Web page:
On the same day that it issued the above authorization order, the court issued what it labeled a “Service Provider Order.” See Sealed Docket Entry [#277-1] (“June 22 service provider order”). This June 22 service provider order stated that the government had applied for an order authorizing the interception of wire communications, and that “[t]he Court, having previously reviewed the Application and found that it conforms in all respects to the requirements of [Title III], has this day signed an Order conforming to the provisions of [Title III], authorizing the Drug Enforcement Administration (DEA) to conduct the aforesaid interceptions.” Id. The June 22 service provider order ordered, inter alia, that: (1) the service provider would furnish the DEA with information, facilities, and technical assistance to accomplish the interceptions; (2) the DEA would compensate the service provider; (3) the service provider's assistance would terminate in thirty days; and (4) the DEA could use specified practices to intercept the communications. Id. Finally, the June 22 service provider order stated “this Order is SEALED.” Id. The district judge signed and dated the service provider order. Id.

         The government subsequently sought authorization to intercept additional wire communications. An authorization order and a separate service provider order were issued on July 29. Again, the authorization order named a Deputy Assistant Attorney General in the Department of Justice who was a duly designated official of the Criminal Division for authorizing wiretap applications as the official who authorized the application for interception of communications, and again the authorization order provided that, based upon the “request of the Applicant, ” a service provider was to “furnish and continue to furnish the Applicant and DEA with all information, facilities, and technical assistance necessary to accomplish the interceptions unobtrusively and with a minimum of interference.” Sealed Docket Entry [#277-2] (“July 29 service provider order”). Although similar to the June 22 service provider order, the July 29 service provider order did not refer to a separate order approved by the court and concluded by stating “this Order, any resulting Orders, and all interim reports filed with the Court with regard to this matter shall be SEALED until further order of the Court, except that copies of the Order, in full or redacted form, may be provided to the Applicant and may be served on the communication service provider as necessary to effectuate the Court's Orders.” Id.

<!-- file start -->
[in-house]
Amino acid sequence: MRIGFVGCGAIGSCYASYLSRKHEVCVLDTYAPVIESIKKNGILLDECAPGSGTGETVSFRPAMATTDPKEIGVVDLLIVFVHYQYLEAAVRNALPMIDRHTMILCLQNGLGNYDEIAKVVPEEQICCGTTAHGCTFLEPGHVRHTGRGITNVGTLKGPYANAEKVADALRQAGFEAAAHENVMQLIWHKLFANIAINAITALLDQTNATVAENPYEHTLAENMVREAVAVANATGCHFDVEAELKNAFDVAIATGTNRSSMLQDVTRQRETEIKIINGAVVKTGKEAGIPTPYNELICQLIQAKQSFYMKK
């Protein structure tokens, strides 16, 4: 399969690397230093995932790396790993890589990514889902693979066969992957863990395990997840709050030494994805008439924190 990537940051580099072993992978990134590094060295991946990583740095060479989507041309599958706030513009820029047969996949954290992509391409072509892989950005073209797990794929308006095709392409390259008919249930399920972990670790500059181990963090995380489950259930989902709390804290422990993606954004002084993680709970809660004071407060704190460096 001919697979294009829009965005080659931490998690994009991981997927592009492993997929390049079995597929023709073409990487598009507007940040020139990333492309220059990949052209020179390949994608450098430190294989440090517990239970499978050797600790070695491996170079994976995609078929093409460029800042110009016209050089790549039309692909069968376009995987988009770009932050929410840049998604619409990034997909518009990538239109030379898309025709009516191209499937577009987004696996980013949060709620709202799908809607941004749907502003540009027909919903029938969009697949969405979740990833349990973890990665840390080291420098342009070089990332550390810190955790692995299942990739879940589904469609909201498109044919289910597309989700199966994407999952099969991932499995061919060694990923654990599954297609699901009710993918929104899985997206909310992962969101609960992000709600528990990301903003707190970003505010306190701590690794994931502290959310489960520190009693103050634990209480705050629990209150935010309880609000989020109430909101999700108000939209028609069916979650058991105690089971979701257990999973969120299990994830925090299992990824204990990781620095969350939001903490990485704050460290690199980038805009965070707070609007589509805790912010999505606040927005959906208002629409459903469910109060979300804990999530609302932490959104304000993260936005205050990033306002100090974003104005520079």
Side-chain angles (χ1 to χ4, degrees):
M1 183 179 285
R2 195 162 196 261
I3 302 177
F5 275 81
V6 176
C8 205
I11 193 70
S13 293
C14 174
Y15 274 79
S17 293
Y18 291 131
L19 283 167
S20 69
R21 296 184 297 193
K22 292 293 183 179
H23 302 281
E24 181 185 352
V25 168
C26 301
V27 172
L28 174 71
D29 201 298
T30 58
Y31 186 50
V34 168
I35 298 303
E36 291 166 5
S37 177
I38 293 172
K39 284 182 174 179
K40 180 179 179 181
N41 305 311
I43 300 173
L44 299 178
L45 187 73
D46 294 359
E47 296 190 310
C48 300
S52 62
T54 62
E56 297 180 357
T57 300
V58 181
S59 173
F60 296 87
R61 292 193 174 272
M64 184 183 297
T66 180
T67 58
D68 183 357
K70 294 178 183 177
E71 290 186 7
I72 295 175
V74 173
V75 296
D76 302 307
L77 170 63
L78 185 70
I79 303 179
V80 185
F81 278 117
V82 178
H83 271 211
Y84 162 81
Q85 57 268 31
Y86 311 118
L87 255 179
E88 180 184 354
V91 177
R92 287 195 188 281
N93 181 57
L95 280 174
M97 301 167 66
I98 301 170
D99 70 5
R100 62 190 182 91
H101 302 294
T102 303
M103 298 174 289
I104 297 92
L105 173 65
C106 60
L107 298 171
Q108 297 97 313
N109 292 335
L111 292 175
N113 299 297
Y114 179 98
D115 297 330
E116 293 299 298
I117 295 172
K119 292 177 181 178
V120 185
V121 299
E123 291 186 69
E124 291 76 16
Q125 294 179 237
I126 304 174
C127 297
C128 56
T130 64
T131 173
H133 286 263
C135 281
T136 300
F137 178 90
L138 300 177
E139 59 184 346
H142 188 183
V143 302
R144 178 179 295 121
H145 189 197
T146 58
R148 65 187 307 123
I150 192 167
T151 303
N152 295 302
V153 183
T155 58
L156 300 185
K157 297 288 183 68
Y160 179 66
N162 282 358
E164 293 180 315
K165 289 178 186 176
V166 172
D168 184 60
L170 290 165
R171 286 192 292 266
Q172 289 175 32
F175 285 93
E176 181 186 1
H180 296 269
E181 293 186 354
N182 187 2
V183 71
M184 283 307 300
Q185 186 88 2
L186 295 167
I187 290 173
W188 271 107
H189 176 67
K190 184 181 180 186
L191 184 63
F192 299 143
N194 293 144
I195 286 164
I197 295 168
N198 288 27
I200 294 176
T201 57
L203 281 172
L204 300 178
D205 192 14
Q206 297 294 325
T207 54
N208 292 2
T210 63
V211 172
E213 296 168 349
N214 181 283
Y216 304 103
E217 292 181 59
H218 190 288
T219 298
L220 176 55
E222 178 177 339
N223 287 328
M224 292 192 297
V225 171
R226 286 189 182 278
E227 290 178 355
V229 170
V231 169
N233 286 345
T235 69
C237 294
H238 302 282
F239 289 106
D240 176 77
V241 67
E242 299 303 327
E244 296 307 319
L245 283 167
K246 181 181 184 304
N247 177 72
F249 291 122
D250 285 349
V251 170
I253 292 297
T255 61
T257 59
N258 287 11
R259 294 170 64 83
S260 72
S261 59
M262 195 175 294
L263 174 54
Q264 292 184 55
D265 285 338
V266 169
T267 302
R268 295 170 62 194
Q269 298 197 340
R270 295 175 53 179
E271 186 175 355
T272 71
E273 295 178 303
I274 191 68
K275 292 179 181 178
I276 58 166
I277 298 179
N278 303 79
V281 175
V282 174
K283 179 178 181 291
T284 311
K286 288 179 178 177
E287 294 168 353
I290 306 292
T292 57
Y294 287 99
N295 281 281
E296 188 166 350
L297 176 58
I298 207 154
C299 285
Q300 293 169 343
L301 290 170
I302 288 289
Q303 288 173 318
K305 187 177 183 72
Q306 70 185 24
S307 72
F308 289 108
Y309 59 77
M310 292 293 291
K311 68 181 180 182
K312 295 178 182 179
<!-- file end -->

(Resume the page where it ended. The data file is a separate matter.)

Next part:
The court continued to follow this process of issuing separate authorization and service provider orders as the investigation progressed. Authorization orders were issued on October 18, 2016, December 9, 2016, and January 26, 2017. Each authorization order named either a Deputy Assistant Attorney General or Acting Assistant Attorney General in the Department of Justice who was a duly designated official of the Criminal Division for authorizing wiretap applications as the official who authorized the application for interception of communications, and provided that a service provider was to “furnish and continue to furnish the Applicant and DEA with all information, facilities, and technical assistance necessary to accomplish the interceptions unobtrusively and with a minimum of interference.” Each concluded by stating “that copies of the Order, in full or redacted form, may be provided to the Applicant and may be served on the communication service provider as necessary to effectuate the Court's Orders.” Service provider orders were issued on the same dates as the authorization orders. These three service provider orders were similar to the July 29 service provider order, although they did not contain the provision stating that the orders would be sealed until further court order and that copies of the orders could be provided to the applicant and served on the service provider as necessary.

         III. Discussion

         At issue is whether the orders that went to the service providers were facially insufficient orders authorizing interception of their communications and, if so, whether this insufficiency warrants suppression. Defendants do not dispute that a qualified official in the Department of Justice authorized the wiretap applications, that the wiretap applications complied with Title III, or that the authorization orders approving the wiretap applications and providing that a service provider was to furnish and continue to furnish the Applicant and DEA with all information, facilities, and technical assistance necessary to accomplish the interceptions complied with Title III. Their sole argument is that the derivative service provider orders did not provide the “identity of . . . ...